Undervalued vs overvalued stocks
Here is a comparison between undervalued and overvalued stocks:
Have a lower market price than their intrinsic value
Have a higher market price than their intrinsic value
Offer a potential buying opportunity for investors who believe that the market has undervalued the stock
Offer a potential selling opportunity for investors who believe that the market has overvalued the stock
Are usually associated with companies that have strong fundamentals, but are experiencing temporary setbacks or negative sentiment in the market
Are usually associated with companies that have weak fundamentals, but are experiencing positive sentiment or hype in the market
May be a good long-term investment opportunity if the company's fundamentals are strong and the market conditions are expected to improve
May be a risky investment opportunity, as the stock price may not be sustainable and may eventually decline
Are generally considered to be part of a value investment strategy
Are generally considered to be part of a growth investing strategy
May require patience and a long-term investment horizon to realise potential gains
May require a more active investment approach, such as timing the market or actively managing the portfolio
🎓 Learn more: What is value investing?→
Undervalued vs overvalued FAQs
Are undervalued stocks a good investment?
Undervalued stocks can be a good investment opportunity, but it depends on the specific company and the reasons why the stock is undervalued.
If a stock is undervalued due to temporary market conditions or negative sentiment, but the company's fundamentals are strong and there are catalysts for future growth, then it may be a good investment opportunity. Investors who are patient and have a long-term investment horizon may be able to benefit from buying undervalued stocks at a discount and holding them until the market recognises their true value.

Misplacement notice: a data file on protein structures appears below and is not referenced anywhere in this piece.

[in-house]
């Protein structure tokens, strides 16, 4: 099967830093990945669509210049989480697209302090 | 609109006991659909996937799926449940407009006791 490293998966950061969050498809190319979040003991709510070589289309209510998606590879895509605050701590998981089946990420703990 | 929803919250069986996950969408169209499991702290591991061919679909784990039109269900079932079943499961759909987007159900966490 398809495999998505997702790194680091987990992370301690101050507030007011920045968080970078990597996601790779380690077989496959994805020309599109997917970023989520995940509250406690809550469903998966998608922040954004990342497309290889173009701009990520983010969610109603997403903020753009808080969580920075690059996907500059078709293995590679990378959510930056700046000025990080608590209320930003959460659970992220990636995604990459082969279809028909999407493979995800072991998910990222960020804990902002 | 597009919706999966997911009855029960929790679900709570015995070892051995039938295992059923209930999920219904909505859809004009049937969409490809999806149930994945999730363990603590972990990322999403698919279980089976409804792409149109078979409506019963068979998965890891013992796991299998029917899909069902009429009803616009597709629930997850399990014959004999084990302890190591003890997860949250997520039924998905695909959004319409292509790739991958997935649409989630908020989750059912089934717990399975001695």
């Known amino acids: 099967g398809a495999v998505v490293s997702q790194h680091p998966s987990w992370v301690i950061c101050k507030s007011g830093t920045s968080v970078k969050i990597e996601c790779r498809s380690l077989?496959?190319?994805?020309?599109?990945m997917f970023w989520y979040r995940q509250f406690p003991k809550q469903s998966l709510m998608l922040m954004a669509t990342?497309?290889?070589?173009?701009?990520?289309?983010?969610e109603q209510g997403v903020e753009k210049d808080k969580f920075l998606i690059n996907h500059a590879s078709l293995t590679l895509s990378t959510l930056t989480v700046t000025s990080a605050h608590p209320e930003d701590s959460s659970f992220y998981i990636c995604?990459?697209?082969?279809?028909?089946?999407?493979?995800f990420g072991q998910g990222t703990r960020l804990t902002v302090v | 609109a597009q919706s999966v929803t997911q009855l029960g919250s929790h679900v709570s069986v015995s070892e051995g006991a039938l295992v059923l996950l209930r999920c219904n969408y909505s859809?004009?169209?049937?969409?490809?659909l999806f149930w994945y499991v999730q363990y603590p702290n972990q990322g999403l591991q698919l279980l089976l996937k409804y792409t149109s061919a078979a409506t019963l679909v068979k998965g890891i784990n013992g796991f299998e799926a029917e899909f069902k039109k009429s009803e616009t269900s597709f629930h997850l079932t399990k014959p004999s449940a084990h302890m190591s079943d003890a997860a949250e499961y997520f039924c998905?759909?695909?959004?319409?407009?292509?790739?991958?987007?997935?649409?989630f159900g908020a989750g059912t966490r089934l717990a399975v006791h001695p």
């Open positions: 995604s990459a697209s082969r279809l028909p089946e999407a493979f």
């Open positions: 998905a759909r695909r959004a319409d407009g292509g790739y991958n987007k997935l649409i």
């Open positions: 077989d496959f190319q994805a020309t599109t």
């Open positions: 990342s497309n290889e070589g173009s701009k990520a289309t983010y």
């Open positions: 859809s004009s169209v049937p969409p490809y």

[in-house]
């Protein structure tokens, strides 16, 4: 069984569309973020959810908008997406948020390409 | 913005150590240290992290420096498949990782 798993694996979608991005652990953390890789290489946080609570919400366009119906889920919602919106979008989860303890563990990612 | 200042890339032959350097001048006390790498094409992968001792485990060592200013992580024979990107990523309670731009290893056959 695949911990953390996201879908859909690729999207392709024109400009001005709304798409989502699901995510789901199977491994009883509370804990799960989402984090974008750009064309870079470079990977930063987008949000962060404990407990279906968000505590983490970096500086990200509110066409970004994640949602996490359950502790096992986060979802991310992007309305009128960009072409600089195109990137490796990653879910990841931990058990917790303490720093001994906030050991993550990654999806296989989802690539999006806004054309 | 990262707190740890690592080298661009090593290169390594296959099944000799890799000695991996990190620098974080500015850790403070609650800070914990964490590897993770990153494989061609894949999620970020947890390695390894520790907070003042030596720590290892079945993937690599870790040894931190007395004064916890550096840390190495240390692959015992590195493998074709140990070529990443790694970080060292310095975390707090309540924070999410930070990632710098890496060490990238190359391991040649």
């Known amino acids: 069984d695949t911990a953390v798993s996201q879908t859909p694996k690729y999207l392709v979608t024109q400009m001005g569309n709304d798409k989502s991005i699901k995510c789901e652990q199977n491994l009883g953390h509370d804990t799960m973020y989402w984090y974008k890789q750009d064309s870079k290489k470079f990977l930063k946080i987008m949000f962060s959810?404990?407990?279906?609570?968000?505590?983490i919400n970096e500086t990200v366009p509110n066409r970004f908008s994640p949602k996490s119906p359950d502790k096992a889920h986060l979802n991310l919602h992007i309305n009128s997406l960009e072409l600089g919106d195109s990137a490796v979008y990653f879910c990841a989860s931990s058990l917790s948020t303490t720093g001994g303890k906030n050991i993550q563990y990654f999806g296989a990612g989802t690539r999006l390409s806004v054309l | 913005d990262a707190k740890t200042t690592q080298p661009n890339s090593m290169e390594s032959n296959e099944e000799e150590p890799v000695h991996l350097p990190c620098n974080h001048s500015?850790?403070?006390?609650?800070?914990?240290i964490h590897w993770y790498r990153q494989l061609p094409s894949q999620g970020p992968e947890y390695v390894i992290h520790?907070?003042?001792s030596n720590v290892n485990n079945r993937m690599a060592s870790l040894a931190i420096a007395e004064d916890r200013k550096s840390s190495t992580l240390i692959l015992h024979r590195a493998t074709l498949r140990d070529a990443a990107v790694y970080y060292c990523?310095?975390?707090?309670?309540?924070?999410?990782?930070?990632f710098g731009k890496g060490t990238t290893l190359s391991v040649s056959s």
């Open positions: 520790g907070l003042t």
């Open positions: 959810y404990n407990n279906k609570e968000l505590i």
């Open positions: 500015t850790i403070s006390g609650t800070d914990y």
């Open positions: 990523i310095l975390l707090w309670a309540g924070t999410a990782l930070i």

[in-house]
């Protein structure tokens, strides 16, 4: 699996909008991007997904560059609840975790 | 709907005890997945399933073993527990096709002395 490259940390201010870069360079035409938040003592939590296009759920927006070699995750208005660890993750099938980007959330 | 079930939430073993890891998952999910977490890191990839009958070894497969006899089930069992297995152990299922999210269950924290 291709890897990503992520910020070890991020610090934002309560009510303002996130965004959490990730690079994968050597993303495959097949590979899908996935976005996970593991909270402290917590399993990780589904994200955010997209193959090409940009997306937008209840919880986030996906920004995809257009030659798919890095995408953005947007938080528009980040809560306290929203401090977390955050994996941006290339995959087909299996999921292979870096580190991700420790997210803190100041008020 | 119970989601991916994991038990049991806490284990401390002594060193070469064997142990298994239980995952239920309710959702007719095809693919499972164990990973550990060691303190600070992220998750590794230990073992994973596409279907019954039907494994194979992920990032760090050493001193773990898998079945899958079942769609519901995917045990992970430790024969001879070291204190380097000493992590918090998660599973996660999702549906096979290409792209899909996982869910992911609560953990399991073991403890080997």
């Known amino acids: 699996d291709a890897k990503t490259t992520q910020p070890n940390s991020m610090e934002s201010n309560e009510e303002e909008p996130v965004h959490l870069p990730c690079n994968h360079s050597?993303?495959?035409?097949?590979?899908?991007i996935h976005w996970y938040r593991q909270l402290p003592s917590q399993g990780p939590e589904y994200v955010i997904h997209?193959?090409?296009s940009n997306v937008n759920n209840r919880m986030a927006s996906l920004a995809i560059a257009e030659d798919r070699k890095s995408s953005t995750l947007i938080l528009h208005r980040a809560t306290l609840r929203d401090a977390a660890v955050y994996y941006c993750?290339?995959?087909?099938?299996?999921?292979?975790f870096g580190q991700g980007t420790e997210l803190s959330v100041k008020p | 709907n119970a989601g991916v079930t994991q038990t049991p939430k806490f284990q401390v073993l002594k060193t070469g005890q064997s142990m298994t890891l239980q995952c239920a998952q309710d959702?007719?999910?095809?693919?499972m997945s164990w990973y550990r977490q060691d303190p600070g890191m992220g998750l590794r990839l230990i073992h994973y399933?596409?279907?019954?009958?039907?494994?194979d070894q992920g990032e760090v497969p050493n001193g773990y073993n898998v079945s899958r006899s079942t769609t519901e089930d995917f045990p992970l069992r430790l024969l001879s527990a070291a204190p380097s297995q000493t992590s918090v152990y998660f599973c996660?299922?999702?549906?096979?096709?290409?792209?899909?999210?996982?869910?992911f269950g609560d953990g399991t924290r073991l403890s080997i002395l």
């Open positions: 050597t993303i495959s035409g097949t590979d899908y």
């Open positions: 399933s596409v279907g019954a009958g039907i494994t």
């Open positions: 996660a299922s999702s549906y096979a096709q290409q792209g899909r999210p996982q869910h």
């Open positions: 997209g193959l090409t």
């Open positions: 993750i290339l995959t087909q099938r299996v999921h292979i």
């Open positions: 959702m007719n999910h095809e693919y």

However, if a stock is undervalued due to weak fundamentals or a declining growth rate or industry trend, then it may not be a good investment opportunity. Investors should conduct thorough research and analysis to understand why the stock is undervalued and whether there is a reasonable expectation of future growth.
It's also important to note that investing in undervalued stocks can be risky, as the stock price may continue to decline or may take a long time to recover.
Should you avoid buying overvalued stocks?
As a general rule, it is usually not advisable to buy overvalued stocks. When a stock is overvalued, it means that the market price is higher than the stock's intrinsic value, which may make it difficult for the stock to continue to deliver positive returns over the long term.
Overvalued stocks may be a product of market hype, speculation, or irrational exuberance, and the current market price may not be sustainable in the long run. If investors buy an overvalued stock at a high price, they may experience losses if the stock price eventually drops to reflect its true intrinsic value.
However, there may be certain situations where an investor believes that an overvalued stock still has room for growth, such as if the company's earnings show growth, has strong fundamentals, innovative products or services, or has a competitive advantage in its industry.
In these cases, investors may still choose to invest in the overvalued stock, but they should do so with caution and with a thorough understanding of the company's business model, financial performance, and future growth prospects.
Stella is a markets analyst and writer with almost a decade of investing experience. With a Masters in Accounting from the University of Sydney, she specialises in financial statement analysis and financial modelling. Previously, she worked as an equity analyst at Australian finance start-up, Simply Wall St, where she took charge of the market insights newsletter sent out to over a million subscribers. At Stake, Stella has been key to producing the weekly Wrap articles and social media content.